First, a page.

Scald injuries in children often occur as the result of them pulling a container of hot liquid off a countertop or stove. To date, there have been no studies that have specifically examined the impact of the burning agent after this mechanism of injury on the magnitude of injury or the hospital resources consumed in caring for these patients. In this study, we sought to compare the extent and depth of injury, hospital resources consumed, and outcomes of children burned by pulling a container of grease or other liquid onto themselves. We retrospectively reviewed all cases of children who were admitted to our pediatric burn center from January 1995 through December 2001 who sustained scald injuries as the result of pulling a container of hot liquid onto himself or herself. Patients were evaluated for extent TBSA burned, depth of injury, the need for skin grafts, and the number of ventilator, days in the intensive care unit, and total hospital days (length of stay). We identified 196 children admitted with scald injuries caused by this mechanism. Fifty-four (27.6%) were caused by grease or oil, and 142 (72.6%) were caused by other liquids. The mean age of children burned by this mechanism was approximately 3 years, and slightly more than half were males. The mean TBSA and full-thickness burn was 18.3% and 8.1% for the grease group and 14.4% and 4.5% for the no-grease group, respectively (P < .05). Fifty-six percent of those children burned with grease required skin grafting compared with only 34% of those burned by other liquids. Twenty percent of the patients burned by grease required ventilator support compared with only 6.3% of those burned by other liquids (P < .01). Of those burned by grease, 22.2% required care in the intensive care unit compared with only 6.3% of those burned by other liquids (P < .005). Mean length of stay was 16.8 ± 2.5 days and 9.1 ± 1.0 days for the grease and nongrease groups, respectively (P < .001). Scalds caused by children pulling a grease fryer onto themselves result in more extensive and deeper injuries and greater consumption of hospital resources than those from other liquids. These findings support the need for safer product design and more specific warnings in product labeling and instructions as to the danger of severe scald injury to minimize the occurrence of such injuries.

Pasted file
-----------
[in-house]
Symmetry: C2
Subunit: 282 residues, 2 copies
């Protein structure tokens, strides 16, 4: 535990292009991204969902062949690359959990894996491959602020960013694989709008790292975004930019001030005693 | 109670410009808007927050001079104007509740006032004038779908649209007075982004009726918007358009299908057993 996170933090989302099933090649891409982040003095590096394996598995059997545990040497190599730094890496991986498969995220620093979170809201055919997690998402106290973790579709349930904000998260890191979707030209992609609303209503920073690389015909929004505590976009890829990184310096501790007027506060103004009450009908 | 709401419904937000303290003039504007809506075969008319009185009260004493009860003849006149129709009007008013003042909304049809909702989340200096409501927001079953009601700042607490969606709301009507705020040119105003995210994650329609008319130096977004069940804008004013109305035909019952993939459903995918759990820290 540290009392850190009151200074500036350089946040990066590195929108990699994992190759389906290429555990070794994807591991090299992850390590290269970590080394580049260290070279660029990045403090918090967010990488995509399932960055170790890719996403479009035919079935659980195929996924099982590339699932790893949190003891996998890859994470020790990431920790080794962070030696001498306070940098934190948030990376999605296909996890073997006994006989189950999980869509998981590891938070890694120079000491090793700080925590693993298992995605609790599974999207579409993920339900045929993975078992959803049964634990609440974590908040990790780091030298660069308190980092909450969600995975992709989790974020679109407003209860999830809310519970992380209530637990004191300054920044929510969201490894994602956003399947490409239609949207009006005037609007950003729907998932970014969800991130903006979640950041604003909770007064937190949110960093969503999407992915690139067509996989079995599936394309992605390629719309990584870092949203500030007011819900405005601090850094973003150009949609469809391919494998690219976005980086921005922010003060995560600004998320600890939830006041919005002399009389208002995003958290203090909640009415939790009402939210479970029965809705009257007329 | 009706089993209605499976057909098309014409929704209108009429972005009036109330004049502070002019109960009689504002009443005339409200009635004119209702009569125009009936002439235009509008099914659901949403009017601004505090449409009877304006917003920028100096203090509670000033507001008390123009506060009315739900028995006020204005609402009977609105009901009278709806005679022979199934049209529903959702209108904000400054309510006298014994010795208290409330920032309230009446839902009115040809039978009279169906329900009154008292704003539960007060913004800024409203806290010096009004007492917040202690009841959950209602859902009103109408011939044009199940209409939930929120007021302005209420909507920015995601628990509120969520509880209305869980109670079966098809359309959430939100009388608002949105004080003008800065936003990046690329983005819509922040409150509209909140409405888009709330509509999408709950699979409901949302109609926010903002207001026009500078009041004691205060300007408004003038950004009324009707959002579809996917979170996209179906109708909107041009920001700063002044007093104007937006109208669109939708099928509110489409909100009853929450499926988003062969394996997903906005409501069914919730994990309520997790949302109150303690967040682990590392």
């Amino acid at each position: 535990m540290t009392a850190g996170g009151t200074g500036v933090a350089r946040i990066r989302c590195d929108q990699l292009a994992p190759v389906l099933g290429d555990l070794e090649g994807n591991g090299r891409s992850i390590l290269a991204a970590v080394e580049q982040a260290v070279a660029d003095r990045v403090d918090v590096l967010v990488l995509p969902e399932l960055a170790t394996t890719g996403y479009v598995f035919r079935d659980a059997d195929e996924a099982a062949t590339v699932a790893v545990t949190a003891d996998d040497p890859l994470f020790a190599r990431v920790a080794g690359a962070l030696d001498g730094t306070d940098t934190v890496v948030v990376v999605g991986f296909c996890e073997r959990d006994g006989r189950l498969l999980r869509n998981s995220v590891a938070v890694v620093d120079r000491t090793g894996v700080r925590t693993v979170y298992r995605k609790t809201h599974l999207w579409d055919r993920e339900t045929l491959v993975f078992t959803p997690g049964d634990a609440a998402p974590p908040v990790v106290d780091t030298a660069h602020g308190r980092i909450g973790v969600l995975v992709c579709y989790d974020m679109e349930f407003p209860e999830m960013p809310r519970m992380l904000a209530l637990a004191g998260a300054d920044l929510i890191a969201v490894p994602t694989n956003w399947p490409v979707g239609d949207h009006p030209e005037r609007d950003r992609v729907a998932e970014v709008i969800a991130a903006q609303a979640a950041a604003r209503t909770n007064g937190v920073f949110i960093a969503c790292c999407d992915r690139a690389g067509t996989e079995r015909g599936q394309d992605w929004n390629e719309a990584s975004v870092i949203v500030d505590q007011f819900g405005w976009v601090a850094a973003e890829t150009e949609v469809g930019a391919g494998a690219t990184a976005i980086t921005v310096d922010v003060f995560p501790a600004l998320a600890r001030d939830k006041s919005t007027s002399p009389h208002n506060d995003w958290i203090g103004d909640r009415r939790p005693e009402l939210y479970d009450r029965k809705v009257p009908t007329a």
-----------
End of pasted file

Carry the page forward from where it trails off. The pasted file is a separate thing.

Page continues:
|Original language||English (US)|
|Number of pages||5|
|Journal||Journal of Burn Care and Rehabilitation|
|State||Published - Sep 1 2004|
All Science Journal Classification (ASJC) codes
- Emergency Medicine
- Health Professions(all)